You've got a subscription for your television, your music, what about your car?
Melbourne startup Carbar has raised $5.75 million to launch a car subscription service where customers own a car on a month-to-month basis with all costs including insurance and services paid for.
Desmond Hang, chief executive and co-founder of Carbar which is a car subscription service.
Co-founder Desmond Hang started Carbar three years ago with university friends Davie Saw, Richie Chen and Kenneth Teo.
"I love cars but I kind of hate the shopping experience," he says. "At this stage I felt that the current process in the market is broken. You have to often take a huge chunk of your time away to buy a car and get your car serviced so we are trying to alleviate all the stress of owning the vehicle. We describe Carbar as a vehicle-owning experience."
Hang describes Carbar as a vehicle owning experience.
The four friends put in $150,000 to start Carbar which initially enabled customers to buy new or used cars online with a three-day test period to test out the car.
The startup turned over $10 million last year and has just under 1000 customers signed up but Hang says the real growth is coming from Carbar's subscription offering.
Hang describes it as "the Netflix of cars", enabling customers to chop and change cars based on their needs with a minimum subscription period of one month and two weeks notice needed before returning a car.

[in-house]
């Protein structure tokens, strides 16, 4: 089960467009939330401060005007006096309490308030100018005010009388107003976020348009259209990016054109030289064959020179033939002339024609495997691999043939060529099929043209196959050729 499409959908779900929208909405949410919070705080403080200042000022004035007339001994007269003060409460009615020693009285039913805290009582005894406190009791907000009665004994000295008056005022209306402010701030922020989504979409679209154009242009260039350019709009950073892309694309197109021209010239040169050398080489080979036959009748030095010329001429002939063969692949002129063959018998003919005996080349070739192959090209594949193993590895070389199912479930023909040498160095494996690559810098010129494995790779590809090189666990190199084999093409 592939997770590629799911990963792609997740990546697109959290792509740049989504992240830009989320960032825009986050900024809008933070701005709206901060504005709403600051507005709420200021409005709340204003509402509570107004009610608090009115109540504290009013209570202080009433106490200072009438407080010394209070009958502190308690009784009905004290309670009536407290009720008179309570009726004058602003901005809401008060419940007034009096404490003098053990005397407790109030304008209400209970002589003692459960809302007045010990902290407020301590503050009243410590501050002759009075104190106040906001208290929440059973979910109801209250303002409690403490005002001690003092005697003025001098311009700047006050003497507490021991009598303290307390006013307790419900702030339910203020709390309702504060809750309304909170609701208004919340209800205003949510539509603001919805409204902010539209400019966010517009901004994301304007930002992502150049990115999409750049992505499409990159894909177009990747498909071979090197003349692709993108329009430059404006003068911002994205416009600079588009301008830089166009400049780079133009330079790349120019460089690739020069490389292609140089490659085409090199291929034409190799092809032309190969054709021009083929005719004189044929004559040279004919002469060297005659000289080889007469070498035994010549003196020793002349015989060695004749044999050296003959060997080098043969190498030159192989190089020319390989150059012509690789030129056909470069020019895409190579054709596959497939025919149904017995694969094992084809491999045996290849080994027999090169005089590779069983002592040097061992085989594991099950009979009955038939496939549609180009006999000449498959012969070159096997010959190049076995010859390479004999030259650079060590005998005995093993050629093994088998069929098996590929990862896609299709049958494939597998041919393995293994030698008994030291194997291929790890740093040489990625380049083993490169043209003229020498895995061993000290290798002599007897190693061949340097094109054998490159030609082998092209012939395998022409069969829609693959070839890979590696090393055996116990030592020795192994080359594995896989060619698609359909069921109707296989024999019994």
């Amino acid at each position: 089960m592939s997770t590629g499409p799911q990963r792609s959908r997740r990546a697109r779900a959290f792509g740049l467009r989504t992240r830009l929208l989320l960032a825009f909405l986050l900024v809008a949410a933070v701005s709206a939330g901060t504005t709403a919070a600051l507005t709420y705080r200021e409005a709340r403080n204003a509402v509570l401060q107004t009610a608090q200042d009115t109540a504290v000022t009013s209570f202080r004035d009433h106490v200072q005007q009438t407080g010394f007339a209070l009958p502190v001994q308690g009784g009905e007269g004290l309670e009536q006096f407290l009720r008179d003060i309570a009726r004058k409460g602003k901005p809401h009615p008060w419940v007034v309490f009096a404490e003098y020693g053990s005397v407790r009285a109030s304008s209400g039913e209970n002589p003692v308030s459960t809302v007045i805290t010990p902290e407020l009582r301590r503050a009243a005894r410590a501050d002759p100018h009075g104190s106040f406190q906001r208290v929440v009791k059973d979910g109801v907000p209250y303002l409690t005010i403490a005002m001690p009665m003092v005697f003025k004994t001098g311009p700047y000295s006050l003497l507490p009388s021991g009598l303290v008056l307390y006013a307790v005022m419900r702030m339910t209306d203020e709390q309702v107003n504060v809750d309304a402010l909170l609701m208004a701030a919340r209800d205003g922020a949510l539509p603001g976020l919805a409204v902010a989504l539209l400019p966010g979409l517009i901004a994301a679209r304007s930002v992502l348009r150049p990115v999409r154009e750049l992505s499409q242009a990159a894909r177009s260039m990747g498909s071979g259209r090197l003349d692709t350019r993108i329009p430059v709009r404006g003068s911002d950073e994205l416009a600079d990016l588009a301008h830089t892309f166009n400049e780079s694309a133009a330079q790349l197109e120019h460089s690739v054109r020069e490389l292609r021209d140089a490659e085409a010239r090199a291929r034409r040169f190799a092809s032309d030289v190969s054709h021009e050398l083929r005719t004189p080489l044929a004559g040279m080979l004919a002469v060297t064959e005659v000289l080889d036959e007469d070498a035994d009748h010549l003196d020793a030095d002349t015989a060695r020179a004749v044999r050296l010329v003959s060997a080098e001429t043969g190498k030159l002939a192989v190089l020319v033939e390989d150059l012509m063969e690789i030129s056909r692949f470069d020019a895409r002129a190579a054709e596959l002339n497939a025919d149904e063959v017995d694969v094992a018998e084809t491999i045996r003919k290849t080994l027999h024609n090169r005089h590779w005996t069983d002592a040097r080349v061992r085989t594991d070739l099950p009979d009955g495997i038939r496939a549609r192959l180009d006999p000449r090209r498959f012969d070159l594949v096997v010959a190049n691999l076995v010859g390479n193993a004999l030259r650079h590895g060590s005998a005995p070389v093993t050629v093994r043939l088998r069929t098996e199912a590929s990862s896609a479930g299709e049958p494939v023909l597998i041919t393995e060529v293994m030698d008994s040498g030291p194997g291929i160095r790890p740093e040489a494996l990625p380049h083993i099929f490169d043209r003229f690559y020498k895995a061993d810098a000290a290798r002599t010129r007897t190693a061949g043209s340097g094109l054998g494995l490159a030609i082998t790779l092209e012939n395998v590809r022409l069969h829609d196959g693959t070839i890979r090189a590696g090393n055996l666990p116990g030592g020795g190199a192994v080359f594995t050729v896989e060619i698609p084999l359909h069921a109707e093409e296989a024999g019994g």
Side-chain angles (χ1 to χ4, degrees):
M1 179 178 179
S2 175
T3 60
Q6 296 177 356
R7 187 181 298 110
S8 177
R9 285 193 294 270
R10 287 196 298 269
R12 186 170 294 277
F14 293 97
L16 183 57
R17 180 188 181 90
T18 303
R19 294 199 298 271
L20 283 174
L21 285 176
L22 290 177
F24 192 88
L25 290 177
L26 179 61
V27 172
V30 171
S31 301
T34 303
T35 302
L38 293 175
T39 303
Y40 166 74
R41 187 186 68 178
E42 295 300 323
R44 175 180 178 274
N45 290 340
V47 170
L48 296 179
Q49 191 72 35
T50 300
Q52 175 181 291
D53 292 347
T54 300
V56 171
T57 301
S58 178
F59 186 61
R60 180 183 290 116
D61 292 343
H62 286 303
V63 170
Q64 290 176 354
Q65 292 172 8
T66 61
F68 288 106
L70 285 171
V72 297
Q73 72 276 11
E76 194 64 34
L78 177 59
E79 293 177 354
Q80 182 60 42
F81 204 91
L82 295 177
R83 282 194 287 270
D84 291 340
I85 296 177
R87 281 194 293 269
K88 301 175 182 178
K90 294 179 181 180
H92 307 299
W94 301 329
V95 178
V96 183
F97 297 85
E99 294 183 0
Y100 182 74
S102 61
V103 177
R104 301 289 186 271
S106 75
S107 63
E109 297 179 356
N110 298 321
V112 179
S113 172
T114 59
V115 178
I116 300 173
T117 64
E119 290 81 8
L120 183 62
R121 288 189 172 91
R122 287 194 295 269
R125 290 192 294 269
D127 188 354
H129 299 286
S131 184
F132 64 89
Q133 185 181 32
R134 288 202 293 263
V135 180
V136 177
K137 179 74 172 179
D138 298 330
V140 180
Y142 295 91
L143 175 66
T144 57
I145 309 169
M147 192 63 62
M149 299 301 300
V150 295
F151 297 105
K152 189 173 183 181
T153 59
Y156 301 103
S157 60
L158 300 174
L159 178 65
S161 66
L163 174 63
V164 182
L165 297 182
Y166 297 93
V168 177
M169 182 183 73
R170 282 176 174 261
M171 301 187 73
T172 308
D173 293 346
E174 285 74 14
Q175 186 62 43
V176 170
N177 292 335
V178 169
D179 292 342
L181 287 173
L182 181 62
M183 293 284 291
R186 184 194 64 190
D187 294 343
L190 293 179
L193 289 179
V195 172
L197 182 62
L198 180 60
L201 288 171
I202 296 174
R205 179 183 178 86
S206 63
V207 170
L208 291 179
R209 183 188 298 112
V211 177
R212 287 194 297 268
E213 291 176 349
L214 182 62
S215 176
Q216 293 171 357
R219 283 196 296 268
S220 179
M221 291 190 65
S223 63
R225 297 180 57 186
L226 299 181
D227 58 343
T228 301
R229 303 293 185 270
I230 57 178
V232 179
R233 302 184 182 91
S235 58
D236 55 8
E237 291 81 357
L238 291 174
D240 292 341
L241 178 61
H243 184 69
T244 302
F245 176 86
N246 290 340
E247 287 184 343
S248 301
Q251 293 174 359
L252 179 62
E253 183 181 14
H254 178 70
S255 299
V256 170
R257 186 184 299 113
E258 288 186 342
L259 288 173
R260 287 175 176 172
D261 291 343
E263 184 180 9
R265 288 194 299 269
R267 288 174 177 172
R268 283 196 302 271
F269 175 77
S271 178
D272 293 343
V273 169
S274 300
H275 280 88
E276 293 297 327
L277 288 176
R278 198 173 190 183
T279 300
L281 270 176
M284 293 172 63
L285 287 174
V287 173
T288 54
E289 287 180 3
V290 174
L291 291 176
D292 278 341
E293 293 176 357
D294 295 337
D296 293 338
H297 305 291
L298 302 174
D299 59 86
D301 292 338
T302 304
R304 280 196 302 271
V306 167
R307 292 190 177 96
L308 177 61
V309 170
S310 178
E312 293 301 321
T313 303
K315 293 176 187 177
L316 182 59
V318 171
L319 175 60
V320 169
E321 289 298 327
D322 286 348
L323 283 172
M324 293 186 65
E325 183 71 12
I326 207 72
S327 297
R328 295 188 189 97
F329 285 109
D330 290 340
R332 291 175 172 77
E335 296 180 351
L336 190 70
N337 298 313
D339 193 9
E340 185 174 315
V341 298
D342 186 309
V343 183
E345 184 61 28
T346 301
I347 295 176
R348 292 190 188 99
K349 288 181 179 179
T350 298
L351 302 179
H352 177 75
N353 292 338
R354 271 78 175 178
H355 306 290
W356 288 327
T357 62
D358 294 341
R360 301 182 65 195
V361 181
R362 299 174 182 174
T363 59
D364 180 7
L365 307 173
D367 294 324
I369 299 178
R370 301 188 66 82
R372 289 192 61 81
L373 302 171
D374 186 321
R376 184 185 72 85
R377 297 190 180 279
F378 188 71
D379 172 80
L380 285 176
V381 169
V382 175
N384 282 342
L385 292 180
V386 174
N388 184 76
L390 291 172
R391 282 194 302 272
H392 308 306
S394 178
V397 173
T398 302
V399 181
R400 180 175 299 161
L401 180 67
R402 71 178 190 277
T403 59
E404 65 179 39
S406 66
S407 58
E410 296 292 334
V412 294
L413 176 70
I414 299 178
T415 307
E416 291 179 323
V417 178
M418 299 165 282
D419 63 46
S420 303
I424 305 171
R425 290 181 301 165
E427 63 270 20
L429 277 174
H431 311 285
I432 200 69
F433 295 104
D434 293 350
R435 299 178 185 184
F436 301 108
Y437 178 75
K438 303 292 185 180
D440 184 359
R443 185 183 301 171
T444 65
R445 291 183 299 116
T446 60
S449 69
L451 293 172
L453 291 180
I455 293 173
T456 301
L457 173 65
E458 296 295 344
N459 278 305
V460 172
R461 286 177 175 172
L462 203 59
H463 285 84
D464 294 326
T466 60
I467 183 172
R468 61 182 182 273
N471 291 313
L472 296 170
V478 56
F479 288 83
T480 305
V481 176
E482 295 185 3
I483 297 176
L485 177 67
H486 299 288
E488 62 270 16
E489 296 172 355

Prices start at $150 a week for a basic car up to $400 a week for a BMW 3 Series.
Luxury cars have proved popular for Carbar’s subscription service.
"There is a shift with millennials these days everyone is going on subscription," says Hang. "There is a move from owning cars so we have tremendous growth in that, we have experienced 150 per cent month on month growth."
Carbar will launch Carbar Connect this month bundling in fuel savings and benefits for servicing like a free courtesy car.
"Next for us we want to accelerate growth and at the first part of next year we want to expand to Sydney and then to Brisbane," says Hang.
Carbar went through the Melbourne Accelerator Program, part of the University of Melbourne, last year and this year the startup is part of Caltex's Spark accelerator program.
Campbell Walshe, director of the Melbourne Accelerator Program, said the problem around car ownership Carbar is tackling is complex.
"It's not an easy problem to solve and you can see by the way they have changed their business, they are finding out from their customers the best way to go about it," he says.
Porsche, BMW and Mercedes have all launched car subscription services overseas which Walshe says could pose some tough competition for Carbar in the future.
"The way Carbar can succeed against manufacturers like this is by being agnostic to brand and manufacturer which gives a strong competitive edge," he says. "When the manufacturers do it themselves they still hold all the power. The startups that are really successful in market today are startups that give more power to consumers than has traditionally being given."
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